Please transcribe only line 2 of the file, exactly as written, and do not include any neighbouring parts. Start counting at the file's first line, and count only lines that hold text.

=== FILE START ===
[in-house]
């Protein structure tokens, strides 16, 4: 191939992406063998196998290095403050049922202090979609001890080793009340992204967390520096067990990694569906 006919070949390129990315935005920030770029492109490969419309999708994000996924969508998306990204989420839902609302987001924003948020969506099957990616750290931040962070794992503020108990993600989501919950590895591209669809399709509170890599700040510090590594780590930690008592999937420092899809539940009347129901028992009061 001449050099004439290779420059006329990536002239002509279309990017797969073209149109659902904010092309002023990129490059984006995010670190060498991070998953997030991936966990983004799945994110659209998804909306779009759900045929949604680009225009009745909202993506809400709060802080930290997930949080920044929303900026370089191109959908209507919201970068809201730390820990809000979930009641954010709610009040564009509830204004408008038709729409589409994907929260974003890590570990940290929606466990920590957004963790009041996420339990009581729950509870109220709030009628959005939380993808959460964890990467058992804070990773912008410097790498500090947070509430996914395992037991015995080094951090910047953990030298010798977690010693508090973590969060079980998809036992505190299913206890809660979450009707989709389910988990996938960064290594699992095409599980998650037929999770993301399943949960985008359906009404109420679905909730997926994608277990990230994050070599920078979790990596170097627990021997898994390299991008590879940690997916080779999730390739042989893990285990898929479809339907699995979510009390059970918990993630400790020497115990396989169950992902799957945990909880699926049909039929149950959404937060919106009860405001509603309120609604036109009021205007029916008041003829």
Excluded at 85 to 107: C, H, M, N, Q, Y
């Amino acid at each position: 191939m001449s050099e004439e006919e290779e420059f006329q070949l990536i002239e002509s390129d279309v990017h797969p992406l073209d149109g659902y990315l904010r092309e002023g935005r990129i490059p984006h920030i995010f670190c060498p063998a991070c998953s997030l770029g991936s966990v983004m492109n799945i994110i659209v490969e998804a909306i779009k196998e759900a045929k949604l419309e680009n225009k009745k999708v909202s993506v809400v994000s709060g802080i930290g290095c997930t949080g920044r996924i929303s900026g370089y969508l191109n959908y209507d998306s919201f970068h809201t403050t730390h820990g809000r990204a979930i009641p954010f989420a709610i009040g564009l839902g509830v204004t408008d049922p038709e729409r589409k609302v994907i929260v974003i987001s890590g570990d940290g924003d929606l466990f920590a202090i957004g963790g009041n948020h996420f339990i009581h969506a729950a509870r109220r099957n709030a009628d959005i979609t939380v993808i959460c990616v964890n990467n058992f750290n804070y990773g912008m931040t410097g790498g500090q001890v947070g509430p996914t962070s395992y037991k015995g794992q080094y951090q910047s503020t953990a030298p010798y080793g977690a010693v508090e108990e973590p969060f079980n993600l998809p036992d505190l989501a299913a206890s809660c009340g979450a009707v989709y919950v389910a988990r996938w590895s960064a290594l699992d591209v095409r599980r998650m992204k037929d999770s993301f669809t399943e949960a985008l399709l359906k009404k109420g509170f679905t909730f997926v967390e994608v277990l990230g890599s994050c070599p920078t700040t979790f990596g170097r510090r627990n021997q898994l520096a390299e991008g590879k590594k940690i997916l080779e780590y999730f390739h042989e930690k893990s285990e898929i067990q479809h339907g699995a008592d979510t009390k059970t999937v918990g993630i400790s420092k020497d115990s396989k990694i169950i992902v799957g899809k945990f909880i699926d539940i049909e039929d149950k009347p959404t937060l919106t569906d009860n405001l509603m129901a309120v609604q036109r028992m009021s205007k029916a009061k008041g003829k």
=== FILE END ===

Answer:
């Protein structure tokens, strides 16, 4: 191939992406063998196998290095403050049922202090979609001890080793009340992204967390520096067990990694569906 006919070949390129990315935005920030770029492109490969419309999708994000996924969508998306990204989420839902609302987001924003948020969506099957990616750290931040962070794992503020108990993600989501919950590895591209669809399709509170890599700040510090590594780590930690008592999937420092899809539940009347129901028992009061 001449050099004439290779420059006329990536002239002509279309990017797969073209149109659902904010092309002023990129490059984006995010670190060498991070998953997030991936966990983004799945994110659209998804909306779009759900045929949604680009225009009745909202993506809400709060802080930290997930949080920044929303900026370089191109959908209507919201970068809201730390820990809000979930009641954010709610009040564009509830204004408008038709729409589409994907929260974003890590570990940290929606466990920590957004963790009041996420339990009581729950509870109220709030009628959005939380993808959460964890990467058992804070990773912008410097790498500090947070509430996914395992037991015995080094951090910047953990030298010798977690010693508090973590969060079980998809036992505190299913206890809660979450009707989709389910988990996938960064290594699992095409599980998650037929999770993301399943949960985008359906009404109420679905909730997926994608277990990230994050070599920078979790990596170097627990021997898994390299991008590879940690997916080779999730390739042989893990285990898929479809339907699995979510009390059970918990993630400790020497115990396989169950992902799957945990909880699926049909039929149950959404937060919106009860405001509603309120609604036109009021205007029916008041003829």